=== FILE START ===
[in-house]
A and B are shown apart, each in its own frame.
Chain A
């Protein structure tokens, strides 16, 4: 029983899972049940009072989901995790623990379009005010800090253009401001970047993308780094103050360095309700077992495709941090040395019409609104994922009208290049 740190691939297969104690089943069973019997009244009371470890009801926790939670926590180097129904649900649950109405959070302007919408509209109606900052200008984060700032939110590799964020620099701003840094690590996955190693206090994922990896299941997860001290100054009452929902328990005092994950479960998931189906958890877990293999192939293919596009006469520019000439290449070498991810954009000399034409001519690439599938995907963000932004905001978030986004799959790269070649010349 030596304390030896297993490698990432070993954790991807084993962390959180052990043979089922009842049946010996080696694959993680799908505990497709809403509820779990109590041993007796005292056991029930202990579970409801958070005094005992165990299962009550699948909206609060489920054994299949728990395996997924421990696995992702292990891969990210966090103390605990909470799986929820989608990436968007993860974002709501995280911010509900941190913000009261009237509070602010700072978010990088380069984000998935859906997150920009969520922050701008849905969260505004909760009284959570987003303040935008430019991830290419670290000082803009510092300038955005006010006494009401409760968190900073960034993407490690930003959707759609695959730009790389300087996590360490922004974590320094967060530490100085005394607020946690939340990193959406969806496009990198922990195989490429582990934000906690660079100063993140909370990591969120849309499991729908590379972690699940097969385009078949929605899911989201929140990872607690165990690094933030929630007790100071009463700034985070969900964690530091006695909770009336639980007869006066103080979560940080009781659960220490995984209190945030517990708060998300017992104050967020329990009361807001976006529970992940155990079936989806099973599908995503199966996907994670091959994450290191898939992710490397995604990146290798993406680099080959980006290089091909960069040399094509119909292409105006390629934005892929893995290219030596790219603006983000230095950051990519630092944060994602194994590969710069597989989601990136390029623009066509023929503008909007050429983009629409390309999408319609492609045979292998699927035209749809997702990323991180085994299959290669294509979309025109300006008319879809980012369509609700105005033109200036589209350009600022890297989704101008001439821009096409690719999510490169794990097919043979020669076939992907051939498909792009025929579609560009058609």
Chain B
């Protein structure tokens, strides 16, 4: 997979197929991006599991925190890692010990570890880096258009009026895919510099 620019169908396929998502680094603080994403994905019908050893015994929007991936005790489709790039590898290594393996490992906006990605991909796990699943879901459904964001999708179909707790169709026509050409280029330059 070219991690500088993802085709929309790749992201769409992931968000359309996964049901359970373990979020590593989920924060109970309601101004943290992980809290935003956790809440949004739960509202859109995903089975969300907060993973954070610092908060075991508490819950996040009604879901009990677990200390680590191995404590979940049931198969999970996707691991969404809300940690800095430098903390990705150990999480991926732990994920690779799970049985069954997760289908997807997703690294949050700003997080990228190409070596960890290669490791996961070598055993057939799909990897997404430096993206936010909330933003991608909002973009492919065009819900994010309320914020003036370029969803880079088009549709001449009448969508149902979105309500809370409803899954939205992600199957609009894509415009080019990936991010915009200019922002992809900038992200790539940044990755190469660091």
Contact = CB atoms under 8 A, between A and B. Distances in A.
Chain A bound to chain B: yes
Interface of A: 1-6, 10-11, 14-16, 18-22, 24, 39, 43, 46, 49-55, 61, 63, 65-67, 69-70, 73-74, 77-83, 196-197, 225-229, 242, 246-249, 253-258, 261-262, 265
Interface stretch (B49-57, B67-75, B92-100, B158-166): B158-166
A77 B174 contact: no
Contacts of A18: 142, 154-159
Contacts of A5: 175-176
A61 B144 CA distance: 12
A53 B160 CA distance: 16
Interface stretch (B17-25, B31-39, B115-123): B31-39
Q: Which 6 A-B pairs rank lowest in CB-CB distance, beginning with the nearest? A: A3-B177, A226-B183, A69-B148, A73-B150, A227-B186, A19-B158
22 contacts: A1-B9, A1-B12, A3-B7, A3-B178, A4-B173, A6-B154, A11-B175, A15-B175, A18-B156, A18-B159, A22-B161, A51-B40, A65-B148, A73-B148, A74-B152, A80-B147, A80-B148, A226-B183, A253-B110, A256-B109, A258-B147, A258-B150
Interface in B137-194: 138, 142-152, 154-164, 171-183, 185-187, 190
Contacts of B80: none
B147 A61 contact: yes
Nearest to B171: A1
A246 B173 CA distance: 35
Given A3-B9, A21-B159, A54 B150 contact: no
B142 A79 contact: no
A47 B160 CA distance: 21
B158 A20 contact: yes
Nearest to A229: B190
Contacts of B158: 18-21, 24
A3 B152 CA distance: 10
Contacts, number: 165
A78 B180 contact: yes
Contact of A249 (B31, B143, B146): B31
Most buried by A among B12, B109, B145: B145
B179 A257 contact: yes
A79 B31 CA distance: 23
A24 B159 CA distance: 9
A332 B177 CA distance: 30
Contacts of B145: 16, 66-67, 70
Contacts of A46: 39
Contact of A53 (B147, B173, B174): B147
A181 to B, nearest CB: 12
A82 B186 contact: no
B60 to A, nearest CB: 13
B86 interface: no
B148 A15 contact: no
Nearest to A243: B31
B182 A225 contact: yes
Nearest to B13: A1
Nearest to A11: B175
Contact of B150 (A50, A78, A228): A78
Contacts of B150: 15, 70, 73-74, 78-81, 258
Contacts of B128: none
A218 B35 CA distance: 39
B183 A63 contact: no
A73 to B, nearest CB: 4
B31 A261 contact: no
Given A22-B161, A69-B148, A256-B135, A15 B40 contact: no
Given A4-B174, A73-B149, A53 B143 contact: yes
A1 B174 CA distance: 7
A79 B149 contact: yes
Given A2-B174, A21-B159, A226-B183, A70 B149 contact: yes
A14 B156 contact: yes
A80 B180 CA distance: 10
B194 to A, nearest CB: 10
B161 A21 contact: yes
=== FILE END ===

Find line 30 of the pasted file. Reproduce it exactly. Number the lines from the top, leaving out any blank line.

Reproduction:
A3 B152 CA distance: 10